Last Friday, I was at the Pop-Up Gallery in Schöneberg - the week's theme was "American artists" and my roommate was showing some of the photographs she had been working on for the past few months. I wanted to support my friends - and I heard there was going to be all-you-can-drink prosecco for five euros - so I hopped on the U1 and dragged myself to Nollendorfplatz.
It's weird being surrounded by predominantly Americans. Since arriving here, I've been dividing my time with some friends from my University in Seattle (about 50/50 Germans and American), my two flatmates (exactly 50/50 Scottish and American), and what seems to be the entire Croatian population of Berlin (thanks Adela). Naturally, a strange, comforting-but-uncomfortable familiarity crept through the gallery as I realized, "Wait… I understand what everyone is saying."
Whereas with everyone else I've met here, I knew where these people were from! Imagine that! I've been to Saratoga! My brother lives in L.A.! They weren't from places I'd never heard of, like "Zagreb" or "Athens" (for the record: I know where both of those are) - they were from my home state, my home country!
The United States is considered a Melting Pot, where the immigrants from far the reaches of the East and West come together to create "Thai-French fusion cuisine". Unlike Berlin, though, when people come, they stay until they are the landed gentry of their small towns, get legacy advantages at university admissions, and have reputations that span the generations (for example, my soccer coach came from a long-line of dental surgeons).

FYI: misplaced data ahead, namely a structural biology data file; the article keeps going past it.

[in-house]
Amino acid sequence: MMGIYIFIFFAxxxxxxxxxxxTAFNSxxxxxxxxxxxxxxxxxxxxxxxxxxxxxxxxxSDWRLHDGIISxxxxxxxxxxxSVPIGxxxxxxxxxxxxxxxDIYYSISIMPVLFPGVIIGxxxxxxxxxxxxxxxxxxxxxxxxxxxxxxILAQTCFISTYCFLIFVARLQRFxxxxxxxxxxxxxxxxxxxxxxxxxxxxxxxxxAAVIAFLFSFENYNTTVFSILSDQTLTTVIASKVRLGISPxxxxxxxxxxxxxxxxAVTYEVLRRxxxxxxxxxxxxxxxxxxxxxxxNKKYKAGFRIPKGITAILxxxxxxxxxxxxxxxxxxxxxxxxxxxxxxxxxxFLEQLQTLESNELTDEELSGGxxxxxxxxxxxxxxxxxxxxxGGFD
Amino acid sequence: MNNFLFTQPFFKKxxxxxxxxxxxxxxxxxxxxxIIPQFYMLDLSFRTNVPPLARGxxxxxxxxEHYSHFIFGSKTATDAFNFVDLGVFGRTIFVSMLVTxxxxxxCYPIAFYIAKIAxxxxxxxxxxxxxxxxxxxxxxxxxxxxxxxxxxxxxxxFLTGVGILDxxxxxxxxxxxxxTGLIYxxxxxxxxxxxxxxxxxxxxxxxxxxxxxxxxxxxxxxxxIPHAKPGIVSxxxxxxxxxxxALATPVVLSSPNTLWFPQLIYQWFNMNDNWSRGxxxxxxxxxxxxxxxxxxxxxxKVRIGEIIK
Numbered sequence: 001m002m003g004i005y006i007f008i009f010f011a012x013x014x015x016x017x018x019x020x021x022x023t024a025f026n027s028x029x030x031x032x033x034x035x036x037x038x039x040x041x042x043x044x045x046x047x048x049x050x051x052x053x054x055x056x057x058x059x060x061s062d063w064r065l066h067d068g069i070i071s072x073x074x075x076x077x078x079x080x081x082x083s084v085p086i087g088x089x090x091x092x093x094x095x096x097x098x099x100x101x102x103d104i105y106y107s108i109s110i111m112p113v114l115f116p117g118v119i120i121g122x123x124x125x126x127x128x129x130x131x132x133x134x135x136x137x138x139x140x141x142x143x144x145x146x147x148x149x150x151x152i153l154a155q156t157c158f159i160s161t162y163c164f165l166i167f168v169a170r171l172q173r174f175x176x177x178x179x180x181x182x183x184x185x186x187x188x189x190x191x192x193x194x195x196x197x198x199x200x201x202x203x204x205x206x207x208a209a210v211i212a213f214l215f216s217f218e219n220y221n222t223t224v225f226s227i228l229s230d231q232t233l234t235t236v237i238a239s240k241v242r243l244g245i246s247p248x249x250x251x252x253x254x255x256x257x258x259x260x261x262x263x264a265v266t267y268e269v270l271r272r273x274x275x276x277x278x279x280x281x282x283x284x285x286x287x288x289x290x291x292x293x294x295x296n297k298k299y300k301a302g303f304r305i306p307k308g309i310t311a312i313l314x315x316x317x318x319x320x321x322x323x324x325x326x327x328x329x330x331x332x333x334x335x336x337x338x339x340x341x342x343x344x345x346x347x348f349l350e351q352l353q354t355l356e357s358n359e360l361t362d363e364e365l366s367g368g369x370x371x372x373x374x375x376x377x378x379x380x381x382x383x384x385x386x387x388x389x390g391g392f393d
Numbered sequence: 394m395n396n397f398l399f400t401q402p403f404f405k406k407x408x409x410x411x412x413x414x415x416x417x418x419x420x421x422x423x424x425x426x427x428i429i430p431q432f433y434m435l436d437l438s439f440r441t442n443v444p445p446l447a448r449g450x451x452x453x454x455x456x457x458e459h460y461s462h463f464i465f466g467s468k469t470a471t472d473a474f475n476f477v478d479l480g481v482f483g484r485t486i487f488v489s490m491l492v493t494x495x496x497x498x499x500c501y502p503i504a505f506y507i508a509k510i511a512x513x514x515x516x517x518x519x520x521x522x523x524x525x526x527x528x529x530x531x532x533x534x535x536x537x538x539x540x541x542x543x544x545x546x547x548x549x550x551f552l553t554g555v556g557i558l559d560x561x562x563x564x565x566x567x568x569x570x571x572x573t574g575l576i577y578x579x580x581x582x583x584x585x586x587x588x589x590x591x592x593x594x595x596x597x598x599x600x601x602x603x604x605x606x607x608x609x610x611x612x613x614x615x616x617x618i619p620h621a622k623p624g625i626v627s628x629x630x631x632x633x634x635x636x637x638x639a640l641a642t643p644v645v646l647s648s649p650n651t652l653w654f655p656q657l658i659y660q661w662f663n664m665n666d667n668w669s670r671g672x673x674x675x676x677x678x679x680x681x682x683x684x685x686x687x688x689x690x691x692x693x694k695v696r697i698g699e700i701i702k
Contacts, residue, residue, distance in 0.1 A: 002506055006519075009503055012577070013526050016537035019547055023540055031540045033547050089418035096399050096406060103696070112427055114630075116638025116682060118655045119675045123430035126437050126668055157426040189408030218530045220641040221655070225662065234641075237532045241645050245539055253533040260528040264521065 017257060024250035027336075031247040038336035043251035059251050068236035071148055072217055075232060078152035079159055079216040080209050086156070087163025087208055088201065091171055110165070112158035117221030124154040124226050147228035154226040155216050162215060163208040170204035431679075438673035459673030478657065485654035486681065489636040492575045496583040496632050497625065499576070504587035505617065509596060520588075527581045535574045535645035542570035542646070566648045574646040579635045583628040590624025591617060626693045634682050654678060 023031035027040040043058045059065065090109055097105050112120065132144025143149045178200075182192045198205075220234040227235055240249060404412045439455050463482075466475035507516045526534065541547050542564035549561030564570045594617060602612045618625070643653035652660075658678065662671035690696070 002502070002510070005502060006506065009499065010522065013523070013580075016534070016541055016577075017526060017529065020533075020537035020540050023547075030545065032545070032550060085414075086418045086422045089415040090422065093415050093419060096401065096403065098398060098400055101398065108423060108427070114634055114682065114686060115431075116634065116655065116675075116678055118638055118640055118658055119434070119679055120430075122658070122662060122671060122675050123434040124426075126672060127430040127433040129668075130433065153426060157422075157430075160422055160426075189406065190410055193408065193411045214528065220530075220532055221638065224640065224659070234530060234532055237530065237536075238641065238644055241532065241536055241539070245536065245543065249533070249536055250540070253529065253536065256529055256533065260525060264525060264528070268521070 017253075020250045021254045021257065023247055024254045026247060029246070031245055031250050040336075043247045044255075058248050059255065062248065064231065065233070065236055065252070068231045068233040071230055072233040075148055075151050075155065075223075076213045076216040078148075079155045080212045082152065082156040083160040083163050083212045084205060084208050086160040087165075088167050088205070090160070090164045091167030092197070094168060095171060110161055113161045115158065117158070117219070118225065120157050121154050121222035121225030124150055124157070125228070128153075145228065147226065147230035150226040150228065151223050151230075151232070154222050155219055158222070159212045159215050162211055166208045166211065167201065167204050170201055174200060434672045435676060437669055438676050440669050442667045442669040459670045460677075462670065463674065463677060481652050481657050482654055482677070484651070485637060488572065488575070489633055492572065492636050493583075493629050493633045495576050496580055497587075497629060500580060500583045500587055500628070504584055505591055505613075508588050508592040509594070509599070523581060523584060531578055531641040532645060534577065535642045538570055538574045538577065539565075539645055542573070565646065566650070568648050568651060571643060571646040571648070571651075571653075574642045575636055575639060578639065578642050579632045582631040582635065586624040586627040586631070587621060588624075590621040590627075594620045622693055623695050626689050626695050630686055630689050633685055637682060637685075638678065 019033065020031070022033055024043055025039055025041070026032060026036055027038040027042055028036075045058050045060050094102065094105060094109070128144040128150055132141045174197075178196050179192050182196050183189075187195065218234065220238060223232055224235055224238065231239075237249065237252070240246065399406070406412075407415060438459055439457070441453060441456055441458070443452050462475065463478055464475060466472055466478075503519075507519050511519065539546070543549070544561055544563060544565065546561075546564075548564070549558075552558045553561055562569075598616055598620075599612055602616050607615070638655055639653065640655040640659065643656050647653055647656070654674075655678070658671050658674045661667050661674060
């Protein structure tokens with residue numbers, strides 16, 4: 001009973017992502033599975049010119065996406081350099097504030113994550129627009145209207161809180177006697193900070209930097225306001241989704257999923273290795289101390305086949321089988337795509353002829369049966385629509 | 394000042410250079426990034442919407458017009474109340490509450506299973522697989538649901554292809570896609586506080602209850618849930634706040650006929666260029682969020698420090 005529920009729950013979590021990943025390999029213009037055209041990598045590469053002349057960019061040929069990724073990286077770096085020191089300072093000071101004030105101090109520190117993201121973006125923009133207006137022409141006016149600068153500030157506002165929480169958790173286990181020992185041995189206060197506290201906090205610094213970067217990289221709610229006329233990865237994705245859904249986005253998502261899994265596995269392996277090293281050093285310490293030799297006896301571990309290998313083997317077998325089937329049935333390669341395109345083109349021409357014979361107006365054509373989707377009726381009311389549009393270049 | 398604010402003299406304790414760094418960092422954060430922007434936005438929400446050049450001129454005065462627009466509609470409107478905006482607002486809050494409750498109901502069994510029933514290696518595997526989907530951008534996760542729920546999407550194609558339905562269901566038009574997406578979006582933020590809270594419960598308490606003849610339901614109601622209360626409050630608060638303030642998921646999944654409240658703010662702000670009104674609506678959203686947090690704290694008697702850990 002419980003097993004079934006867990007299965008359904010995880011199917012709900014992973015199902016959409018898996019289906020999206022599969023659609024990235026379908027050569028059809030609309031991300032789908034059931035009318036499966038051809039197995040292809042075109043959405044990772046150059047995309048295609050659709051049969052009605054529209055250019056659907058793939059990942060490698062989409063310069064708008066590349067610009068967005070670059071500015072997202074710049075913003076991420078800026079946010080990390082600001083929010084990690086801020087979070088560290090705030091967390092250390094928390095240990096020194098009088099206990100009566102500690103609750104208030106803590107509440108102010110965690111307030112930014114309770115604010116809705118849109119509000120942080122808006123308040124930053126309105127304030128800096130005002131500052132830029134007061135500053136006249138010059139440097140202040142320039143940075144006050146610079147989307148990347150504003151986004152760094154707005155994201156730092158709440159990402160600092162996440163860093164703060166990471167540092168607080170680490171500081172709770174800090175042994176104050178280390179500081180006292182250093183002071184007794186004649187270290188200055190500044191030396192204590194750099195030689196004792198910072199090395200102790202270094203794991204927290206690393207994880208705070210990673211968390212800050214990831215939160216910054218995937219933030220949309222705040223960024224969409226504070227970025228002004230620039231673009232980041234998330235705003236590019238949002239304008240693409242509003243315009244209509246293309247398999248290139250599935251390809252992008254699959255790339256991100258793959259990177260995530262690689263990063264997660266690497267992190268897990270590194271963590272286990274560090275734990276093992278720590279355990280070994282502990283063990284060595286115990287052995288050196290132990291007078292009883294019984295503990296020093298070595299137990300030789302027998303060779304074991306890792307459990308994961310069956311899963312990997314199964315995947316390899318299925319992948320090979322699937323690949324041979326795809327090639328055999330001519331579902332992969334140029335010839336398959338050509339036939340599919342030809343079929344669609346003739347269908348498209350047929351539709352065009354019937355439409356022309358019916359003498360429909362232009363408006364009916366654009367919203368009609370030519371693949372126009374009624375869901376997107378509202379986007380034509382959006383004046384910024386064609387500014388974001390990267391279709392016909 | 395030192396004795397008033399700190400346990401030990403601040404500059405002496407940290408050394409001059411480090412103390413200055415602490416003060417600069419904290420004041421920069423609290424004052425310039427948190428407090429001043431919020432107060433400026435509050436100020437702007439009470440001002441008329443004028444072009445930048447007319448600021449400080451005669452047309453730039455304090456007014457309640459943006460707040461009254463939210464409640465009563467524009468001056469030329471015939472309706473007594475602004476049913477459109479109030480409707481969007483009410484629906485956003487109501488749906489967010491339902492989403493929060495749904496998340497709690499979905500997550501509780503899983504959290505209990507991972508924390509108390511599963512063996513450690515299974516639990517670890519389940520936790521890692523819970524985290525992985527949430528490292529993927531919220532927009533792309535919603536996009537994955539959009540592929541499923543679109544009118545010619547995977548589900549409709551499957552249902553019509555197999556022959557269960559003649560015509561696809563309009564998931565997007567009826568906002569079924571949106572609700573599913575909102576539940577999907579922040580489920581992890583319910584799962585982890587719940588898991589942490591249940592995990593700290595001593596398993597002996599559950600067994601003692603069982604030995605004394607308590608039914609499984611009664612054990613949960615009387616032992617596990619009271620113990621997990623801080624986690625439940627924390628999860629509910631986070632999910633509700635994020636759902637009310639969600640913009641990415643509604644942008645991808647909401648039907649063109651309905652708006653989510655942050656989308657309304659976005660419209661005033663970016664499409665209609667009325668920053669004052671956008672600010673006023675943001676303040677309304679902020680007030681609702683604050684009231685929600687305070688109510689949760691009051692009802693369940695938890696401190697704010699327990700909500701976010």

Berlin is more of an in-between: people arrive as suddenly as they vanish, as if this city is one giant WG. My dad keeps calling my move to Germany "my trip", and tells me that I should mail him my mobil's SIM card soon if I don't plan to come home in the next month. Do I plan to go "home" in the next month? Does anyone plan to go "home" next month? Or are we all "home"?
As a city, Berlin seems like one long art opening, since everyone is there for a reason. You have the artist, flown in from Krakow or Perugia, and who will only stay for a week or two; you have the drunk and culturally ignorant tourists who read online that this is where "all the hipsters are going"; you have the lost wanderers who saw a warm plate of food and decided they would linger; you have the recent university graduate looking for a job (Me).
Berlin is also like an internship: you wonder a lot whether you're in the wrong place; you often are confused who is in charge; being late is still (mostly) not ok. Which brings me to my final question: what are we if not all interns?